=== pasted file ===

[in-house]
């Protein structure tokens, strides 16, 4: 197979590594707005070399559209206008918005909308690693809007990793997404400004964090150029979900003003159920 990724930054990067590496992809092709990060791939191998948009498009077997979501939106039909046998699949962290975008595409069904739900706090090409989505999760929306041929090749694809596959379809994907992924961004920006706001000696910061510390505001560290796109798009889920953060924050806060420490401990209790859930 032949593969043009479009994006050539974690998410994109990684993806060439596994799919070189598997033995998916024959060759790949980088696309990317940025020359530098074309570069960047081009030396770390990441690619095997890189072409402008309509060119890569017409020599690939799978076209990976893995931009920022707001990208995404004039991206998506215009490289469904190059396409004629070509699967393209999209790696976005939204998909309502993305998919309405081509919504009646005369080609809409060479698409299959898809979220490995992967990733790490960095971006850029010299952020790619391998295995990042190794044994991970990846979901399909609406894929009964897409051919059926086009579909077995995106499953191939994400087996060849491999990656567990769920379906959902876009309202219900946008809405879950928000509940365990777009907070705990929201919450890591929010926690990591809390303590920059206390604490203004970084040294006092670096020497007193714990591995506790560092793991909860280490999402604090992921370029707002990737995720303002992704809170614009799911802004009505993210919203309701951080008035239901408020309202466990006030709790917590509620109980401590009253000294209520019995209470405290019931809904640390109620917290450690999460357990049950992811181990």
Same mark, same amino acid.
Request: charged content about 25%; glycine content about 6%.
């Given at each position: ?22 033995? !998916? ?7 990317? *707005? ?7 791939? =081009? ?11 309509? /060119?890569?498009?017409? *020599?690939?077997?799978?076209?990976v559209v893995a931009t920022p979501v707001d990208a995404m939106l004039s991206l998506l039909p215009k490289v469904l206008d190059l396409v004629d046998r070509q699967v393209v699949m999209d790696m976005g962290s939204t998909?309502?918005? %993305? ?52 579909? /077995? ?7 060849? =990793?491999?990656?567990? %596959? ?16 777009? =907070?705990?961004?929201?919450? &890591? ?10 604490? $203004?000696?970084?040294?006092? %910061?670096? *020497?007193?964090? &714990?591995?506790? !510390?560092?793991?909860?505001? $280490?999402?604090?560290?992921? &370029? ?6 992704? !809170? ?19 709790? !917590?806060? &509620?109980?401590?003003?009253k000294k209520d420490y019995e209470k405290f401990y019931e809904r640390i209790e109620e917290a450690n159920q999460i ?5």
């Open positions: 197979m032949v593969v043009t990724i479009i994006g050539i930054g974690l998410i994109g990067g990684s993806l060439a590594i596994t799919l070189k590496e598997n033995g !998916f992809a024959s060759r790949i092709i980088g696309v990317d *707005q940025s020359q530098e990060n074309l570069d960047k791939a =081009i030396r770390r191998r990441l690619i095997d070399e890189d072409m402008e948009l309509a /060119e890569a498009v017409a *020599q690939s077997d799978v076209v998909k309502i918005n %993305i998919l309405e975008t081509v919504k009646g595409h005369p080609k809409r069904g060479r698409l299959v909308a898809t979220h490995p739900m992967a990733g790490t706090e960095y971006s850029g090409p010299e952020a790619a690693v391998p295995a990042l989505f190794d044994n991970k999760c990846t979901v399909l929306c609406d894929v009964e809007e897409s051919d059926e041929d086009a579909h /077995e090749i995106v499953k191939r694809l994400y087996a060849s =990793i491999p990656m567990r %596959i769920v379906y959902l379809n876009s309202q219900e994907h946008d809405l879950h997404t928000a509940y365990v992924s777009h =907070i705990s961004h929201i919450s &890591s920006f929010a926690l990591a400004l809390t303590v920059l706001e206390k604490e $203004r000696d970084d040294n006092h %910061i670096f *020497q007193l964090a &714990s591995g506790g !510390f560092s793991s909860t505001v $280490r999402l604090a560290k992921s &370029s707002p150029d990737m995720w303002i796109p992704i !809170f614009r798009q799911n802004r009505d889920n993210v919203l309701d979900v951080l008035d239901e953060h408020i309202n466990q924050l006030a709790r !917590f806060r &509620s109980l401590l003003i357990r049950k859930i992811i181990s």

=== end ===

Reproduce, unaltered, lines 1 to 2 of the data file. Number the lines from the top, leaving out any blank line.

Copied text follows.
[in-house]
């Protein structure tokens, strides 16, 4: 197979590594707005070399559209206008918005909308690693809007990793997404400004964090150029979900003003159920 990724930054990067590496992809092709990060791939191998948009498009077997979501939106039909046998699949962290975008595409069904739900706090090409989505999760929306041929090749694809596959379809994907992924961004920006706001000696910061510390505001560290796109798009889920953060924050806060420490401990209790859930 032949593969043009479009994006050539974690998410994109990684993806060439596994799919070189598997033995998916024959060759790949980088696309990317940025020359530098074309570069960047081009030396770390990441690619095997890189072409402008309509060119890569017409020599690939799978076209990976893995931009920022707001990208995404004039991206998506215009490289469904190059396409004629070509699967393209999209790696976005939204998909309502993305998919309405081509919504009646005369080609809409060479698409299959898809979220490995992967990733790490960095971006850029010299952020790619391998295995990042190794044994991970990846979901399909609406894929009964897409051919059926086009579909077995995106499953191939994400087996060849491999990656567990769920379906959902876009309202219900946008809405879950928000509940365990777009907070705990929201919450890591929010926690990591809390303590920059206390604490203004970084040294006092670096020497007193714990591995506790560092793991909860280490999402604090992921370029707002990737995720303002992704809170614009799911802004009505993210919203309701951080008035239901408020309202466990006030709790917590509620109980401590009253000294209520019995209470405290019931809904640390109620917290450690999460357990049950992811181990």